Fairly bright, easy to locate and perfect to be seen in binoculars, C73 or NGC1851 is a class II globular cluster (GC) in the southern constellation of Columba. Being a class II GC means that is has a fairly compact core which is precisely why it is bright enough for binoculars. If Charles Messier would have access a couple of degrees south of his location, I could see NGC1851 in his list of “like comets” DSOs.
Columba is a small constellation neighbor of the well known Canis Majoris, where Sirius resides. If one connects the dots (stars) is the right way and with some imagination, it would certainly resembles a colibri, but its name means dove in Latin so let’s say it looks like a landing dove.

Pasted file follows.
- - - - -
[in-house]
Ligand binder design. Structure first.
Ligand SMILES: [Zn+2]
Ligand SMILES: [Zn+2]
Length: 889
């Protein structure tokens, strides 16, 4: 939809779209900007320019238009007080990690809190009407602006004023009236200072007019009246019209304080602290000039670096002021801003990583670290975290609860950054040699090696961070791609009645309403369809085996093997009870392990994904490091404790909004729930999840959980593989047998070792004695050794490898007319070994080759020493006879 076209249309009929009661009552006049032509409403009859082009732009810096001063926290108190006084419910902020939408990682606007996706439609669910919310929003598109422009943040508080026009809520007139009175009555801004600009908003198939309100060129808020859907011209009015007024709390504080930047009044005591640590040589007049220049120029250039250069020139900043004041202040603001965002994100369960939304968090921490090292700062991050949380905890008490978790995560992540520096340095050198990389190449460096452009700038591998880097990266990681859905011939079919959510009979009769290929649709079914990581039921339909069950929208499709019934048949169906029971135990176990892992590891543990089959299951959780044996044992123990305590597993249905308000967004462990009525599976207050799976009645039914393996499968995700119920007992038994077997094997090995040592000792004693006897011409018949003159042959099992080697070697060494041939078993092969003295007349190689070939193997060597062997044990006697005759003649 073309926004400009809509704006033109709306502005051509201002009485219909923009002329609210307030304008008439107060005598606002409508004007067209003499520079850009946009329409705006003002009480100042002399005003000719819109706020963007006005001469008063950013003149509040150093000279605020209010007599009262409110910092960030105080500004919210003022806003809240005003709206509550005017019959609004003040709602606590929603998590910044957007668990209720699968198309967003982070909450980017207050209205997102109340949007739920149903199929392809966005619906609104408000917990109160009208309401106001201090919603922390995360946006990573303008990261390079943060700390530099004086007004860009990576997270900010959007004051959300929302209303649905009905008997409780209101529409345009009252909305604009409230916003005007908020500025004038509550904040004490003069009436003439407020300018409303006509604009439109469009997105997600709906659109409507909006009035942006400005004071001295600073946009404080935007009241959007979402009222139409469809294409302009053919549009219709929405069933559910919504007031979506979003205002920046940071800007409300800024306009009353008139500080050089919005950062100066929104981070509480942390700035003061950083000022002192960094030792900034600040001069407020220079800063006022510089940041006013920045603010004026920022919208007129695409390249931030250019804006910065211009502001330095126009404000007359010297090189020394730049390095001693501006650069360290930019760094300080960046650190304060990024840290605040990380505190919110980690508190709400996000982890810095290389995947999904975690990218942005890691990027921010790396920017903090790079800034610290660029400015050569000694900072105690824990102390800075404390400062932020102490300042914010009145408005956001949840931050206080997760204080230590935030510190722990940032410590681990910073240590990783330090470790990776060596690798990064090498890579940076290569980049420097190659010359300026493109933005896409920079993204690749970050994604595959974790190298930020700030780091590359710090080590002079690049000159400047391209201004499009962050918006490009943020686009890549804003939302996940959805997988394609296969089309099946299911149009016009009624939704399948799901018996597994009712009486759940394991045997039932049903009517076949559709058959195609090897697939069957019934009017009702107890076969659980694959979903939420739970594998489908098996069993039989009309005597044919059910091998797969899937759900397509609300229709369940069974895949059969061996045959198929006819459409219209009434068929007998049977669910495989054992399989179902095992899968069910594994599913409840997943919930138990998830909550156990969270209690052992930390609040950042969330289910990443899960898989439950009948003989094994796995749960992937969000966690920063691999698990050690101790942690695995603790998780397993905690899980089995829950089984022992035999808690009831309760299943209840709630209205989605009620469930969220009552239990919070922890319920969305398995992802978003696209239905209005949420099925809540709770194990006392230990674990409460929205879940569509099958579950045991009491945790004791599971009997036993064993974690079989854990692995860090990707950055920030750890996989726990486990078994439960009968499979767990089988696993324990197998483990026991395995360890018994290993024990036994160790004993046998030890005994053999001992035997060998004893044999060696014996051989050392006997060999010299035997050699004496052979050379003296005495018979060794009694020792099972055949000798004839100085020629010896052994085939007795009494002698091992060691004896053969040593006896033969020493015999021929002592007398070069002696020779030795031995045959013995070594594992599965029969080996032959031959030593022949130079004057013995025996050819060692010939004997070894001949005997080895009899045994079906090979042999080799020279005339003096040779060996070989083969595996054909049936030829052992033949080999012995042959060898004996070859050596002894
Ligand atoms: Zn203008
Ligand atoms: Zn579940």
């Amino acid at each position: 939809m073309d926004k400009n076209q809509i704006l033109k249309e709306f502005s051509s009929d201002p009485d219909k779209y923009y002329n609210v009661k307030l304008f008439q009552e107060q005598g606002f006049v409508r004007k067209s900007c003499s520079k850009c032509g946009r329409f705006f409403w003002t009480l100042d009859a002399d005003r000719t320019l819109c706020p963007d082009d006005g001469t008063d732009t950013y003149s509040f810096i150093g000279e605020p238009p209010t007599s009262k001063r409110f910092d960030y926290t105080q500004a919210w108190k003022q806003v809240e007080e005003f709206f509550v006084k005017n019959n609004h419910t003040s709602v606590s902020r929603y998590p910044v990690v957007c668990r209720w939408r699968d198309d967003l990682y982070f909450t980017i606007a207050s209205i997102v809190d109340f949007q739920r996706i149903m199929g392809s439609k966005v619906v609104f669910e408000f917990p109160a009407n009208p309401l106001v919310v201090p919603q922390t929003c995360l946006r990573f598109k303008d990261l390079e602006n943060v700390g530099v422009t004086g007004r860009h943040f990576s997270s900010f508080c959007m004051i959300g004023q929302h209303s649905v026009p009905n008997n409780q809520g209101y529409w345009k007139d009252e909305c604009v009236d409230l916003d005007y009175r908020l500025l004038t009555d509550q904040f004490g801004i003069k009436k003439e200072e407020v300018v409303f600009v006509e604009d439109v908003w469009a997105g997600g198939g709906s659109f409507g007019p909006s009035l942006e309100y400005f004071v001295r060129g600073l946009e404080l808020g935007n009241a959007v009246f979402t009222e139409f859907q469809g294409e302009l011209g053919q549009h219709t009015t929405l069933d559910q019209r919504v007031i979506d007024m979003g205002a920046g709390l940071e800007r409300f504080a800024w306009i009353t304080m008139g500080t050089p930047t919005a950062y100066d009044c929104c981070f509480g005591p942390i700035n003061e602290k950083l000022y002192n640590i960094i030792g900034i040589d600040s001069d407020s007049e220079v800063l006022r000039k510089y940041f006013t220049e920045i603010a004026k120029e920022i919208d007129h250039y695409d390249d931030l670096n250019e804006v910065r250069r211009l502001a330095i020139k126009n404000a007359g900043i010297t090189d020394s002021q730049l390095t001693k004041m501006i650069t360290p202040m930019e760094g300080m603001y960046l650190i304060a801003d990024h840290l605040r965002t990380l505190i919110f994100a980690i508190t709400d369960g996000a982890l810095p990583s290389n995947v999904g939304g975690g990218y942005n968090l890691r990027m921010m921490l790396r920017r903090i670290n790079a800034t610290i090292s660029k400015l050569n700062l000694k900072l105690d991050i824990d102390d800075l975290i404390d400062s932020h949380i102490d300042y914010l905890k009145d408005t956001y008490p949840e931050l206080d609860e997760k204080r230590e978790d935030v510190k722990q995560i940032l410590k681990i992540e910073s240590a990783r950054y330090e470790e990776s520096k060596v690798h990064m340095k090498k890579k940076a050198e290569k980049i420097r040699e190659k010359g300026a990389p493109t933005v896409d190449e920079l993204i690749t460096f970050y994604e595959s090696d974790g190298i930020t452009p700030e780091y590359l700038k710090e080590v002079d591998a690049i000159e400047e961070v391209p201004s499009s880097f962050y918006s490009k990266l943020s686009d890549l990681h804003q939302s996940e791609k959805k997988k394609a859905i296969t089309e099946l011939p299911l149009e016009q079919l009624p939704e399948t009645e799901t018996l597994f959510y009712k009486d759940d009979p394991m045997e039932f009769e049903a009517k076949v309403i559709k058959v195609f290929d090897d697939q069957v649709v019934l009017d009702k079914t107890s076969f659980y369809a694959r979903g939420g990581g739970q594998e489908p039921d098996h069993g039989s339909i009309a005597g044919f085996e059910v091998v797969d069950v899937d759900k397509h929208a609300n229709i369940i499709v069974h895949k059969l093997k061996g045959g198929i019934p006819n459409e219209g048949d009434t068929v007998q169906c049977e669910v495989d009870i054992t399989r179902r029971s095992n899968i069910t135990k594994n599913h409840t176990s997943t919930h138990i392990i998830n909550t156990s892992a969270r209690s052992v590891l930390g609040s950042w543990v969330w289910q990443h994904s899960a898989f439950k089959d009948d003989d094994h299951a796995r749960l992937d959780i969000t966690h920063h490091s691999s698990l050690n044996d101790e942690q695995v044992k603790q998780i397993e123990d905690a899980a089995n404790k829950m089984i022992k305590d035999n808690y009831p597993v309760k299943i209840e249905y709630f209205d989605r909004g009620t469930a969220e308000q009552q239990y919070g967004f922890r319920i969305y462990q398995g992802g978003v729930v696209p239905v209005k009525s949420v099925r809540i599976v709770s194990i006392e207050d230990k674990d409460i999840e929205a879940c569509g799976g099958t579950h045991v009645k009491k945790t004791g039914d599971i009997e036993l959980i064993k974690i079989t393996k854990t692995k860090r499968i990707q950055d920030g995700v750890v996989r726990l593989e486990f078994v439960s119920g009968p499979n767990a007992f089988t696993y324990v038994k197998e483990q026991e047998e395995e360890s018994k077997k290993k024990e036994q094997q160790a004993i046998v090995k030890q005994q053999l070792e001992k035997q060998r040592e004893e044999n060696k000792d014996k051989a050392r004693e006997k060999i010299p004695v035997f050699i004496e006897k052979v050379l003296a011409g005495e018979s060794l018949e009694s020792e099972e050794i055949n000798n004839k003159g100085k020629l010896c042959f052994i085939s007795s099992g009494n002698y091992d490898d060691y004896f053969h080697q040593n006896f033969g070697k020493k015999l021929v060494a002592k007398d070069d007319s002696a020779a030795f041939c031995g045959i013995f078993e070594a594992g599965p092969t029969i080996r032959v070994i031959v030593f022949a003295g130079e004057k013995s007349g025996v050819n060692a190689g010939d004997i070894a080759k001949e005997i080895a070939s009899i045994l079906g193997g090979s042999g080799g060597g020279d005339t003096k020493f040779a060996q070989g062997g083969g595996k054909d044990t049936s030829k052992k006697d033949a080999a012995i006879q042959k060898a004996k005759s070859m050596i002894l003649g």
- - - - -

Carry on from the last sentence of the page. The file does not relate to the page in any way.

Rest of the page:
The globular is couple of arc degrees south-west from Phact,a 2nd magnitude and the alpha star of Columba. Under my Bortle 5 skies it was easy to find in binoculars and it looked like a fuzzy round ball with some fuzz around.
Definitely a good target to catch in the south even with a pair of binoculars.
Edited by: Jennifer Steinberg (editor in chief).